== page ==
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161 Water Flow through Snow and Firn

Part 14. Snow and Glacier Hydrology

  1. Philip Marsh

Published Online: 15 APR 2006

DOI: 10.1002/0470848944.hsa167

Encyclopedia of Hydrological Sciences

Encyclopedia of Hydrological Sciences

How to Cite

Marsh, P. 2006. Water Flow through Snow and Firn. Encyclopedia of Hydrological Sciences. 14:161.

Author Information

  1. NWRI Saskatoon, Saskatchewan, SK, Canada

Publication History

  1. Published Online: 15 APR 2006


Water flux through snow and firn has important implications for the timing and magnitude of runoff from seasonal snowpacks, glaciers, and ice caps. Studies conducted over the last few decades have greatly improved our understanding of water flux through snow and firn, including knowledge of the development of wetting fronts as meltwater enters dry snow, preferential flow paths, grain growth of wet snow, and the growth of ice layers and ice columns within the snowpack. Such studies have resulted in the development of a variety of analytical and numerical models for calculating runoff from melting snow and firn. Although our understanding of key processes continues to increase, there are major gaps in our knowledge that limit our ability to formulate comprehensive physically based models of snow metamorphism and water flux through snow and firn. Part of the problem is a lack of data, which is due to the great difficulty of conducting experiments on snow near 0°C and our inability to measure the properties of snow required for estimating the value of parameters needed for numerical simulations. In order to overcome these problems, there is a need for the development of new measurement techniques and carefully designed field and laboratory experiments. Comprehensive models are required for predicting not only melt runoff, but also the release of pollutants from the snowcover, the large-scale properties of the snowcover necessary for understanding large-scale energy-balance and global-change problems, and the release of meltwater from cold glaciers and icecaps under future climate scenarios.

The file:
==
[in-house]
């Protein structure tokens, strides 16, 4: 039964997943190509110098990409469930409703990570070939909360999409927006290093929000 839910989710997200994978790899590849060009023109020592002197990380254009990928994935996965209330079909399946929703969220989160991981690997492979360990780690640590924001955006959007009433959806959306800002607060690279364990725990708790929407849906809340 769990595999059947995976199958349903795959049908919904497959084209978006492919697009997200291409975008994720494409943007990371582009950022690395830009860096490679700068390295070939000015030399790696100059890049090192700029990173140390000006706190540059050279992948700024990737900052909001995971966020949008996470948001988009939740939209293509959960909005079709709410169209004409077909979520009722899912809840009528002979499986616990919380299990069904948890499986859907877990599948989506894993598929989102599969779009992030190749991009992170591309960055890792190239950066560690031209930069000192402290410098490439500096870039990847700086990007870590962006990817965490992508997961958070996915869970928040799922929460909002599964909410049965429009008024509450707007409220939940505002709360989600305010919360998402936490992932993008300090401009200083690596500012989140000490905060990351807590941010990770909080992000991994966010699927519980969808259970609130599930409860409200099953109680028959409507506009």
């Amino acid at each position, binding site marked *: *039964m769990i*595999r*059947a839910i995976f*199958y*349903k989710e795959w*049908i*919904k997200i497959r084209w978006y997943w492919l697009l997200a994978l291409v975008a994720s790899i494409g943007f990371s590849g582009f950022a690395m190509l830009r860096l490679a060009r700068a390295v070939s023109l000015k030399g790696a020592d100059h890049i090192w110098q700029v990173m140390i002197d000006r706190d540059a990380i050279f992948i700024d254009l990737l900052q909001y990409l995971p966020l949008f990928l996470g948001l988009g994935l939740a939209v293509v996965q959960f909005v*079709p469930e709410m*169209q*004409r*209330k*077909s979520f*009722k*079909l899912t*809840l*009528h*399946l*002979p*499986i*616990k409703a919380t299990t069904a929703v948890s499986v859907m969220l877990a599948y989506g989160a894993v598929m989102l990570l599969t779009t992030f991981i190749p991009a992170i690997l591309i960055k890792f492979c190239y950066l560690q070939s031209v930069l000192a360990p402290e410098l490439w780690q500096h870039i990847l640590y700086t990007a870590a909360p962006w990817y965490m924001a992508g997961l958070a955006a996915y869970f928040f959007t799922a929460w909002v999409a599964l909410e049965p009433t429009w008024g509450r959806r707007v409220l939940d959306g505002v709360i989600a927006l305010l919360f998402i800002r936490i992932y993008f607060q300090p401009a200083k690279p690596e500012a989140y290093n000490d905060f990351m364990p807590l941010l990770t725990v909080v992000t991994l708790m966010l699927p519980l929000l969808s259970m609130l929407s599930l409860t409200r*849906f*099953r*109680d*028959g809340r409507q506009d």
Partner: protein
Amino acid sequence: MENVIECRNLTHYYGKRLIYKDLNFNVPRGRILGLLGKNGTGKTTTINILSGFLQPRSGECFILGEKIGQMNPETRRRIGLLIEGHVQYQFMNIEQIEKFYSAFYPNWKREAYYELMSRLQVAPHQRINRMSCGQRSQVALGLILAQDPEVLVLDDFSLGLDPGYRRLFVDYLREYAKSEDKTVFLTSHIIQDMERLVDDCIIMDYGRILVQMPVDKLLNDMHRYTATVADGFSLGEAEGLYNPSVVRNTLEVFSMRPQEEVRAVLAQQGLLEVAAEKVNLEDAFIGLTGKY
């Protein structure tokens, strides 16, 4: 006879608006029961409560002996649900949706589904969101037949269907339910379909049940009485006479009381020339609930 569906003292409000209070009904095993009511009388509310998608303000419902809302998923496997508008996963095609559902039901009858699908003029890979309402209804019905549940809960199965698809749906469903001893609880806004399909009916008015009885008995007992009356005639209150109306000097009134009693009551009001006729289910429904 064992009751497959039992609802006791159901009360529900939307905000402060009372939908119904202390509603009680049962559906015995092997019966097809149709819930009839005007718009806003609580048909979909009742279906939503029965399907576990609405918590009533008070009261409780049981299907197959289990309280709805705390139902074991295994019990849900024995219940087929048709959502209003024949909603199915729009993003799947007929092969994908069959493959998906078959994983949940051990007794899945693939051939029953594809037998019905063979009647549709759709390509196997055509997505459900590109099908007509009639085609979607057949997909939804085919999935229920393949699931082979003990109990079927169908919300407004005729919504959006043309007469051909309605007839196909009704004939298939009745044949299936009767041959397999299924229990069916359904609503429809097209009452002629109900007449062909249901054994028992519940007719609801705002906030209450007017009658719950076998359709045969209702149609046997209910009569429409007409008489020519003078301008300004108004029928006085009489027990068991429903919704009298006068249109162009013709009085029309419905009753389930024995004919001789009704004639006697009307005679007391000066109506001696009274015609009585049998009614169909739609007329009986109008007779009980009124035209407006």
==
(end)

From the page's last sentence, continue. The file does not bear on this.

• firn;
  • glaciers;
  • model;
  • seasonal snow;
  • snow;
  • water flux